The best thing you can do is to file a complaint with your state's attorney general's office.  Most likely you can go online to do this.

If the Attorney General's office gets enough complaints, they will start legal action against the debt collector.

"But, how do I stop all those calls?"

Again, the Fair Debt Collection Practices Act says that a consumer can demand that a debt collector stop the calls by simply sending a written request (sometime they'll take a fax).

To make it easier for you, here's all the information you will need:

STOP Collection Calls Free Sample Letter

One more thing....

Just because you have stopped the calls doesn't mean the debt collector is going to stop sending letters, reporting the "bad debt" on your credit report and possibly begin legal action to win a judgment.

If awarded a judgment, they may be able to get a WRIT OF GARNISHMENT or a BANK LEVY!

The best thing you can do is to negotiate with the debt collector for a reduced SETTLEMENT!

Recent Settlements See what we have  done for our clients!

Dealing with debt collectors is not always easy or friendly:

  • They are professionals who specialize in getting you to pay as much as possible!
  • When you are "emotionally" involved, it is harder to negotiate.
  • With little experience, many people end up paying way to much.

Yes, you can put a stop to the collection calls, but you'll still need to deal with the debt.

COULD YOU USE A LITTLE HELP OR ADVICE?

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Tags: fair debt collection practices act, debt settlement, debt, stop creditor calls, debt collector

What Determines My Credit Score?

what determines my credit scoreA lady from Portland, Oregon called to ask, "What really determines my credit score?"

There is a lot of misleading information about credit scores and this information should help.

The three major credit reporting agencies (Equifax, Experian and TransUnion) collect data about your "credit history and habits".

According to the Fair Isaac Corporation (FICO), your credit score is made of many factors, but the most important are:

  • Payment History (35%) 
  • Amounts you Owe (30%)
  • Length of Credit History (15%)
  • Types of Credit Used (10%)
  • New Credit (10%)

Your PAYMENT HISTORY (which accounts for the greatest percentage in determining your credit score) looks at how and when you pay your debts!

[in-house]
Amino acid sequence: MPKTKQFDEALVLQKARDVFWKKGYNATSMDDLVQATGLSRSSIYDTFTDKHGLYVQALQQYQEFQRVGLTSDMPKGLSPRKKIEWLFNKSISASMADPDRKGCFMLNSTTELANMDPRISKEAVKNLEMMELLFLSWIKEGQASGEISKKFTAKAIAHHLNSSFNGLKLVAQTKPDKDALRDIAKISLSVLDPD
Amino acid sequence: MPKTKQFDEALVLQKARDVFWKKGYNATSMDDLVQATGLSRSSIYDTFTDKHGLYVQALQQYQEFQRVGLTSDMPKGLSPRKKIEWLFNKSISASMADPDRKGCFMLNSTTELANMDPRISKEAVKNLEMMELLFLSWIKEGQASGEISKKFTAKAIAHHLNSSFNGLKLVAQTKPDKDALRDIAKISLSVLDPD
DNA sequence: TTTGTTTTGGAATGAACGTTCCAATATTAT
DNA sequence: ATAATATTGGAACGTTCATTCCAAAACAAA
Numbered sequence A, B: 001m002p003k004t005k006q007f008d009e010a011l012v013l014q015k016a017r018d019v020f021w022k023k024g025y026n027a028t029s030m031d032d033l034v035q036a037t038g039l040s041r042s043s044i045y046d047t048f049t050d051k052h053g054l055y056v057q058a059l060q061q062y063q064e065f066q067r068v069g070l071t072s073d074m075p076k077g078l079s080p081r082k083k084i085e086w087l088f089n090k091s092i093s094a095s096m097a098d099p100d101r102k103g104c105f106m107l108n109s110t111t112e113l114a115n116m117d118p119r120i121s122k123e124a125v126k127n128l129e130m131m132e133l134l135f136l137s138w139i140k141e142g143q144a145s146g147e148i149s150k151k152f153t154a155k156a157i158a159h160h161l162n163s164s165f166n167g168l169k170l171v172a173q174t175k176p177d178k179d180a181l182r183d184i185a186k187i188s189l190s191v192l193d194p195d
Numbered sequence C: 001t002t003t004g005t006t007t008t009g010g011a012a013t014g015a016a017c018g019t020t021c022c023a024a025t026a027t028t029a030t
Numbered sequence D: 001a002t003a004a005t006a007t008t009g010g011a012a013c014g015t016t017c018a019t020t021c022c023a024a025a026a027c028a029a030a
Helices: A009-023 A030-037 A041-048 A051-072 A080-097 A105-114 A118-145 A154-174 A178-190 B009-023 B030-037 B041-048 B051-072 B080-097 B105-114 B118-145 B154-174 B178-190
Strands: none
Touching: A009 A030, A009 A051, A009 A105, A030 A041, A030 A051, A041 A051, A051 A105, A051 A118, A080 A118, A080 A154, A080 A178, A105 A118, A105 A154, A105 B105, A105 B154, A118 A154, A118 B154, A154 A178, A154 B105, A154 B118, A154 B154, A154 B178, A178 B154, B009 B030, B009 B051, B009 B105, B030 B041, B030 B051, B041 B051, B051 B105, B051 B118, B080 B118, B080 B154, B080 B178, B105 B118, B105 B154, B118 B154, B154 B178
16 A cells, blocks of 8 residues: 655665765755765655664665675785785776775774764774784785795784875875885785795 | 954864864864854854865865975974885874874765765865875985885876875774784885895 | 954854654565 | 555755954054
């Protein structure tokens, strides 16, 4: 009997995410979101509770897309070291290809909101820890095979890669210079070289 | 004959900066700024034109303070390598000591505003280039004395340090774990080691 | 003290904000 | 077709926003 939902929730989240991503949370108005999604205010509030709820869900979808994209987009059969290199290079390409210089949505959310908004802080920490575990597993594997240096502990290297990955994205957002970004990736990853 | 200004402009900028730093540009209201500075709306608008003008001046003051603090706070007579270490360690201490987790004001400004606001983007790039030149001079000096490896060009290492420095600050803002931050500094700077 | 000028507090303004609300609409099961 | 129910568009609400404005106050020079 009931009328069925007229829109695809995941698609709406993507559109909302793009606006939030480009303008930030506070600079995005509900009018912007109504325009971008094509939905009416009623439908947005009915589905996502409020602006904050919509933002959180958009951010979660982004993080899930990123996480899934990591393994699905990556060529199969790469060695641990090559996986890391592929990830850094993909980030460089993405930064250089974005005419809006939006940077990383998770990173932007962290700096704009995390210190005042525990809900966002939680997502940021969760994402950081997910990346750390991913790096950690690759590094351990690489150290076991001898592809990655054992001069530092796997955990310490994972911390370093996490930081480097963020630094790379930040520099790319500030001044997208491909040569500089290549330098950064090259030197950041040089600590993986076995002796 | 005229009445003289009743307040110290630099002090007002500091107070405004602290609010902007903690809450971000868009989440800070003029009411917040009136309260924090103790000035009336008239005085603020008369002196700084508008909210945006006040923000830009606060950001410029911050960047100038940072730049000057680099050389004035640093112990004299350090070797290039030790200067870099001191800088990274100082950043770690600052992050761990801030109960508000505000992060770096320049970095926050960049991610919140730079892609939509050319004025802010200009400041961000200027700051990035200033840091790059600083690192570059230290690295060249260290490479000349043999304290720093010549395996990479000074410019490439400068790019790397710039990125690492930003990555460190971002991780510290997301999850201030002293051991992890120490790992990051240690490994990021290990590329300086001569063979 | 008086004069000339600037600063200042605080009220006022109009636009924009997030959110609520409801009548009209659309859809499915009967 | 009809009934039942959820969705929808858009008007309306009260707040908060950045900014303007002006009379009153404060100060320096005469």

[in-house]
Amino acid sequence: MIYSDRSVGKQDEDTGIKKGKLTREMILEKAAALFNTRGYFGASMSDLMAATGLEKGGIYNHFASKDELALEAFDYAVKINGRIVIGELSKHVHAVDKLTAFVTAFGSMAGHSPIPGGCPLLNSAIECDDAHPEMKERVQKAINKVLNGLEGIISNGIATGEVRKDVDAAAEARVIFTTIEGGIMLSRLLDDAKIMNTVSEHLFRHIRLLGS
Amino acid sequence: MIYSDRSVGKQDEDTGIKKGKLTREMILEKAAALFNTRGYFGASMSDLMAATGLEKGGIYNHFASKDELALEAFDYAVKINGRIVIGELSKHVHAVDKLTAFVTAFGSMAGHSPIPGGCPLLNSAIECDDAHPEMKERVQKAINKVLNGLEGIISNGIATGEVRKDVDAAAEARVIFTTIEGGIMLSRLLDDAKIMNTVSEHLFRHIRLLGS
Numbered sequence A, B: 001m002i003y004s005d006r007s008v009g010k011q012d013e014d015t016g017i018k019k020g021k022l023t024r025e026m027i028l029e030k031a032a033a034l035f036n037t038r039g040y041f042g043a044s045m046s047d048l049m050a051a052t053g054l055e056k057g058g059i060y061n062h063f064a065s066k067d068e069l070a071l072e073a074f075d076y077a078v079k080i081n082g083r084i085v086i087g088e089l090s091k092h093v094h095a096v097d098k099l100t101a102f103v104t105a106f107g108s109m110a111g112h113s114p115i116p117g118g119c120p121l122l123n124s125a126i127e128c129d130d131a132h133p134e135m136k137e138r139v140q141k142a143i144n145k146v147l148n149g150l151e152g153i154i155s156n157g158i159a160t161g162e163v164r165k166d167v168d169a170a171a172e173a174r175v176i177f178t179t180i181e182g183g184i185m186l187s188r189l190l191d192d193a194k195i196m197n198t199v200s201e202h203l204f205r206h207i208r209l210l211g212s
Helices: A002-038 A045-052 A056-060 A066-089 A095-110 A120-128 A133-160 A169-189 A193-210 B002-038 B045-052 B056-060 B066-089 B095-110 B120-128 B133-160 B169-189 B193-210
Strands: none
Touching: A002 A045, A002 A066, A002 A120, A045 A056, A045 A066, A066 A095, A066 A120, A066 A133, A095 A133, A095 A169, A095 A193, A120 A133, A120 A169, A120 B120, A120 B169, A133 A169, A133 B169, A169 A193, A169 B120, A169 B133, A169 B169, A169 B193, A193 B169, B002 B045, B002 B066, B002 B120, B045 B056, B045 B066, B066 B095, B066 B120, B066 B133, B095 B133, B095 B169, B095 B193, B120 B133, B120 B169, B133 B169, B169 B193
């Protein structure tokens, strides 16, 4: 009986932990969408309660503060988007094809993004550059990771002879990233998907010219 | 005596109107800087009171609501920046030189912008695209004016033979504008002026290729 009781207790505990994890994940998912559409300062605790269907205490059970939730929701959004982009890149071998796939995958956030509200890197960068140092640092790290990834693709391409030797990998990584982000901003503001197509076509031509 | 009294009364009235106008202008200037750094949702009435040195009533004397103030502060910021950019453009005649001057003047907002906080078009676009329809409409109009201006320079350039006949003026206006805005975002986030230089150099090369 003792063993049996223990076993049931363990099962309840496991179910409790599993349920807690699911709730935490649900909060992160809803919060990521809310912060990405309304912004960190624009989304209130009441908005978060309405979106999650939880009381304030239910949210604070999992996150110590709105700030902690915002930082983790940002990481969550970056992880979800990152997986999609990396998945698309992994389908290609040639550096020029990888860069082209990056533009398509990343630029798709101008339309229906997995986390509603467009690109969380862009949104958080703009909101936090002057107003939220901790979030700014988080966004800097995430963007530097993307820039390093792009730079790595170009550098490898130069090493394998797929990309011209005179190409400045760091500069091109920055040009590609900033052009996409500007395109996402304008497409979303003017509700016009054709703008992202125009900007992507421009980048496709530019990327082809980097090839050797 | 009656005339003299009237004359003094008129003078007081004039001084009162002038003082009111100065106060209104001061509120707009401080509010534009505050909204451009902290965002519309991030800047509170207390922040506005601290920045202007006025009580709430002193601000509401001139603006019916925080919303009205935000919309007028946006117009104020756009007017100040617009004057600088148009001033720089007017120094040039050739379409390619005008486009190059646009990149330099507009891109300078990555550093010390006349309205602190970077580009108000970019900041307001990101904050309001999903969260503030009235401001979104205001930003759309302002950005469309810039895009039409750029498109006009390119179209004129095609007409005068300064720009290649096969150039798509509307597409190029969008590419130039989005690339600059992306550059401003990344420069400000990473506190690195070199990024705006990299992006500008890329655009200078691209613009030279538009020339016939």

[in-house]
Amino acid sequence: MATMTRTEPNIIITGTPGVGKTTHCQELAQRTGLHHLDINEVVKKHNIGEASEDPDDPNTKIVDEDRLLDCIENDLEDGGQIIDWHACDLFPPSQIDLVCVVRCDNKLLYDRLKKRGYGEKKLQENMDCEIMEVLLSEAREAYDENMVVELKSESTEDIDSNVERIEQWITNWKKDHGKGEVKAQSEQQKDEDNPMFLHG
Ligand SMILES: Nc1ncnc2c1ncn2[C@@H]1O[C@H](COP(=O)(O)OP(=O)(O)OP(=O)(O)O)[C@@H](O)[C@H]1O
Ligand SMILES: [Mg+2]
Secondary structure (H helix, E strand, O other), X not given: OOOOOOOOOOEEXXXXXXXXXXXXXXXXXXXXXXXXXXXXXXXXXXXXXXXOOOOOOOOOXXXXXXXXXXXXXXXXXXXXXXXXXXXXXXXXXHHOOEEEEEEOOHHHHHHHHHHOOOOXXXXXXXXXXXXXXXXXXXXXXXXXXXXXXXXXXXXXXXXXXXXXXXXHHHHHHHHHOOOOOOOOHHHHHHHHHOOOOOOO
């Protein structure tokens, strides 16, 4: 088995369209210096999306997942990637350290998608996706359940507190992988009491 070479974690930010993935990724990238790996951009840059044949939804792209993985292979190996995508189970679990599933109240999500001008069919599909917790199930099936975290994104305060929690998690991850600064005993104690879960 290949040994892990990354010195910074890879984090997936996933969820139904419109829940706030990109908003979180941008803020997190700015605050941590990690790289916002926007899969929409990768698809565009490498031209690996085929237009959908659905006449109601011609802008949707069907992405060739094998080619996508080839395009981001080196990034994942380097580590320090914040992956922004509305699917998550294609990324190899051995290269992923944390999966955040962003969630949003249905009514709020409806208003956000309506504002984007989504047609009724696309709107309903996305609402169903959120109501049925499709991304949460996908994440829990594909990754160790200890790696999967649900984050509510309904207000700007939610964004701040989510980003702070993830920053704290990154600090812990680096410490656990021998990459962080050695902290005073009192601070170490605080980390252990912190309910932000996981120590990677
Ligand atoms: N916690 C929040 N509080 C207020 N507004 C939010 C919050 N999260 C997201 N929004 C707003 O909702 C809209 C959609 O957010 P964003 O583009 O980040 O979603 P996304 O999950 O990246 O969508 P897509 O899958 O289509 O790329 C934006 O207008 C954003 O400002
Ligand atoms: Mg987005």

• Do you pay on time?
  • If not, how late were you and how often were you late?
  • Do you have negative items on your credit report such as a bankruptcy, judgment, lien or lawsuit?

Being late on a payment is not necessarily a terrible factor on your credit report, but they are looking at:

  • How late where you (30,60, 90 days, or more?)
  • How much was the balance?
  • How recent were you late?
  • How many times are or where you late?

The next major factor that affects your credit score is the total amounts or balances on your accounts. (This makes up 30% of your credit score!)

Having outstanding balances is not a bad thing, but what the credit reporting agencies are looking for is how much of your available credit have you used?

They refer to this as your "DEBT RATIO".

What is my debt ratio?

Let's say you have 5 Credit Card accounts with a total available credit line of $20,000.

If you have only two balances of the five and the total balance is $2,000, then your DEBT RATIOwould be only 10% (2,000/20,000).

This shows creditors that although you have $20,000 of available credit, you are only using a small percentage and therefore are a better "CREDIT RISK".

On the other hand, let's say of the $20,000 of available credit you have, you have had to charge up $15,000.  Now your DEBT RATION would be 75%!

Creditors could be cautious in lending or extending any more credit to someone with that high of a DEBT RATIO!

The next factor that is used in determining your credit score is the LENGTH OF YOUR CREDIT HISTORY.

Although it may seem unfair, those who are young and/or have never established a credit history will not have a very favorable credit score, but will find it hard to be extended credit.

What type of credit accounts do you have?

The credit reporting agencies look at the various types of accounts such as:

  • Credit cards
  • Store or retail accounts
  • Installment loans
  • Finance Company Loans (pay-day loans)
  • Mortgages

You don't have to have one of each, but what the credit reporting agencies are looking for are a balance.

For example, if you had 5 or 6 Finance Company or Pay-Day loans (which usually carry very high interest rates and fees), you would most likely be considered a greater risk than someone who had a couple of credit cards (Visa, Master Card, Discover, etc.) and maybe one Sears card.

Finally, what about your NEW CREDIT?

How does New Credit affect my score?

The credit reporting agencies look at several "new accounts" as a greater risk than someone who say, had been using a (or a few) credit cards for several years and just recently signed up for one store card.

It is a negative mark on your credit report to go out and sign up for several NEW ACCOUNTS in a short period of time.

One final bit of advice, DON'T CANCEL OLD ACCOUNTS!

Closing accounts does not help your credit score.  You want an established credit history.